Monday, November 10, 2008

2 lb. Meatball Mondays: Zare at Fly Trap Beefs Up

Nothing could have prepared me for Meatball Mondays.

Bay Area restaurateur Hoss Zare recently bought the SF classic, Fly Trap Restaurant -- located down in SOMA at 2nd and Folsom -- reopening it recently under his own brand to brisk business (conventioneering gents seem to dominate the weekday landscape) and a fair amount of buzz.

After scooting SF classics like Celery Victor off the menu (a questionable move but Celery Victor is a questionable dish), Zare has retained the Fly Trap's three-martini charm while producing a menu of California standards (pedestrian beet salad, exceptional lamb shank) made much more interesting by authentic Persian preparations and ingredients.







It works! But nothing could have prepared me for Meatball Mondays.

  • It's a 2 lb. meatball.
  • It gets stuffed with anything from rack of lamb to roasted quail. 
  • It's the size of a freaking grapefruit. 
  • It invariably sells out, because meatballs are irresistible, even on Mondays. 
  • It is delicious.






Straight out of Zare's mom's kitchen in Tabrizi, the second largest city in Iran, the Kufteh Tabrizi is comprised of more Niman Ranch beef and veal than should be legal, stuffed each week with a different meaty treat. The flavor is unique, fueled by saffron, savory, and two handfuls' worth of herbs, spices, and dried fruits.

It's one crazy meatball. And more than enough for two.

That said, last Monday my friend Asha and I ordered a lamb shank, a side of (excellent, decadent) saffron risotto, and a (ridiculously tasty) side of pole beans with roasted tomatoes and boutique feta in addition to the meatball.

This was silly, silly behavior in hindsight (way too much food), but we couldn't have imagined the size of the meatball! It was inconceivable!

(And the lamb shank, in a light jus flavored with dried Persian lime, was actually exemplary, so it wasn't such a bad move, after all.)

Thankfully, bar director Reza Esmaili's truly inspired cocktails had put us in the mood for anything, and a couple of glasses of Lebanon's esteemed Chateau Musar, one of the most elegant and extra-special red wines of all time, didn't hurt.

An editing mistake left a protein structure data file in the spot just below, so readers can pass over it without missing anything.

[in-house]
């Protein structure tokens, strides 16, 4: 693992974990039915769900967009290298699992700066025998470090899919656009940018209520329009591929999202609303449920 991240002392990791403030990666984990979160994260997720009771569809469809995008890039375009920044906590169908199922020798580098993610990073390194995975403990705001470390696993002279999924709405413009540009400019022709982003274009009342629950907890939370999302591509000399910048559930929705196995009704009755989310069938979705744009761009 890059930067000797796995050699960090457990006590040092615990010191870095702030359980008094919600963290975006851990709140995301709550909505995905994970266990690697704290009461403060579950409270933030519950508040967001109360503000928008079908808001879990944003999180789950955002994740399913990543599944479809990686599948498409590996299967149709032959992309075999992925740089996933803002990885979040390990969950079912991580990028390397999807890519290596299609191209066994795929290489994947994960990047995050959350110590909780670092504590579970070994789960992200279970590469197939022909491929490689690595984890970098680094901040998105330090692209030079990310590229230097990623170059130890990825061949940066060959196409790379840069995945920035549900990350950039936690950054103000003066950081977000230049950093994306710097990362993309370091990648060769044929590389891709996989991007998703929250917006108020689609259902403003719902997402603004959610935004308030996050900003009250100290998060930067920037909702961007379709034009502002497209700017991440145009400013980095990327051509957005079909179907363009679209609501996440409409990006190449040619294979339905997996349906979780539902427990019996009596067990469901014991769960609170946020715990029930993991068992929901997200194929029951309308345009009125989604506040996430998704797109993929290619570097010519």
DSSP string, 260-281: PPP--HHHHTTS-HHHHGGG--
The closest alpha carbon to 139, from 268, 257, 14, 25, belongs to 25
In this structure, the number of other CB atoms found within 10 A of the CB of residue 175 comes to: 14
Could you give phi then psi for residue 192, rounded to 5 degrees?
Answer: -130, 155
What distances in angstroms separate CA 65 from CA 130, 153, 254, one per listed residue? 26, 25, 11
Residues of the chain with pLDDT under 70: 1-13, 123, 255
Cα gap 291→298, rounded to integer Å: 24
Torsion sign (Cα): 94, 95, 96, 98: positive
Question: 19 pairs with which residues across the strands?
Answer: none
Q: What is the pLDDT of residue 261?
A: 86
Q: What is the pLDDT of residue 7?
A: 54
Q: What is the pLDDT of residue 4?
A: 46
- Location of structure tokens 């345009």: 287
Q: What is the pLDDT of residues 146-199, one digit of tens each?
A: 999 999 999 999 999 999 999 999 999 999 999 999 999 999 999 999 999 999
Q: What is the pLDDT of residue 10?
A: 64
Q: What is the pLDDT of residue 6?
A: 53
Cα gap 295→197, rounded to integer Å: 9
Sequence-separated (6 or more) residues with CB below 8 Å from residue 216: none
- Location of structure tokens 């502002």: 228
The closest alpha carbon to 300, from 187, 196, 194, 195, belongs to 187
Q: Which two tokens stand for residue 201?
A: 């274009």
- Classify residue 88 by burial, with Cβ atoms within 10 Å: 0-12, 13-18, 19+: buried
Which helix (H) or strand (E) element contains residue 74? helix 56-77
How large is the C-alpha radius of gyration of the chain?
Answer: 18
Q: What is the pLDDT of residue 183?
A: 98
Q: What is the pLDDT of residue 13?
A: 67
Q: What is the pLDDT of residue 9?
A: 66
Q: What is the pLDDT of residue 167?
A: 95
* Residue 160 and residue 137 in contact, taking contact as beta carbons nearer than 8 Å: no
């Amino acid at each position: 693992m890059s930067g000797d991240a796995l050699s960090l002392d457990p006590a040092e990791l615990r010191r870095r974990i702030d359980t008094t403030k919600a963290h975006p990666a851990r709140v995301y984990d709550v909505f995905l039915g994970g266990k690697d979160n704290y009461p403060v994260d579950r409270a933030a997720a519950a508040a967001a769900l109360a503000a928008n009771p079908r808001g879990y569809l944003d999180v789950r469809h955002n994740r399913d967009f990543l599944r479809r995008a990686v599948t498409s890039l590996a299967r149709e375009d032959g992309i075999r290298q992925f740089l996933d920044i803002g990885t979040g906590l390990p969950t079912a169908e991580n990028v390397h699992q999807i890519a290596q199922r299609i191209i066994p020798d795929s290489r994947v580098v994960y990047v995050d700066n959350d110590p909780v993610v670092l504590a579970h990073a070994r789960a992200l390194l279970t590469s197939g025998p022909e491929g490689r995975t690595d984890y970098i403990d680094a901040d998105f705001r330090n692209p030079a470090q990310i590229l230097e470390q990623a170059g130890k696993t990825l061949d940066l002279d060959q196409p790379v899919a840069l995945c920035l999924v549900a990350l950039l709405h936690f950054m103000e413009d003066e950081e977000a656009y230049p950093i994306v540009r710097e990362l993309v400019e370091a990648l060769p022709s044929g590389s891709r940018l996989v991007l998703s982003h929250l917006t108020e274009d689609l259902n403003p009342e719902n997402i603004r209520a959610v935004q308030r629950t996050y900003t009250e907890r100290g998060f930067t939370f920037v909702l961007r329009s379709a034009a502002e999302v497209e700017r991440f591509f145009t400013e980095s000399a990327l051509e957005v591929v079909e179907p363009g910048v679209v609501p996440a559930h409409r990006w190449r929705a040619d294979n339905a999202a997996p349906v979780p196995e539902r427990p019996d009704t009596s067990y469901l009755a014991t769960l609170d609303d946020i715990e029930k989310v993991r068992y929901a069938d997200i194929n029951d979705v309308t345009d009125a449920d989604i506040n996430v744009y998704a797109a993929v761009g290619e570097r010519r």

Which cocktail made an impression? Oh, only the best cocktail I have had in recent times, The Minted Memory: Bombay Sapphire Gin, Pimm's No. 1 (two great tastes that go great together), cucumber, mint, and minted vinegar syrup over ice. It's like a Pimm's Cup on CRACK. We would have spent the whole evening drinking these things if it weren't for the sanctity of red meat and red wine.

Esmaili, who also hoots up the cocktails over at Conduit on Valencia, noted that the tangy, unique flavor and smell of minted red wine vinegar syrup is something instantly recognizable to any Iranian.

In Iran, apparently, it's not only a popular summer beverage flavoring but also a dressing/dip for early evening shredded lettuce crudites on hot summer days. The idea is that you're supposed to double dip your shredded lettuce snack in the cold, minted vinegar syrup; thus, it's a dish reserved for family and close friends only.

Intimate!

Who's in your double-dipping posse?

****

1 comment:

  1. Well thank god it's Monday then. I am excited to try the Kufteh Tabrizi.

    That vinegar syrup you mentioned is called Sekanjabeen. It's sweet after, but you should smell it when they are making it. I think back to when my mother would make it and the harsh vinegar smell would take over the house. Not my favorite but the end product is what mattered.

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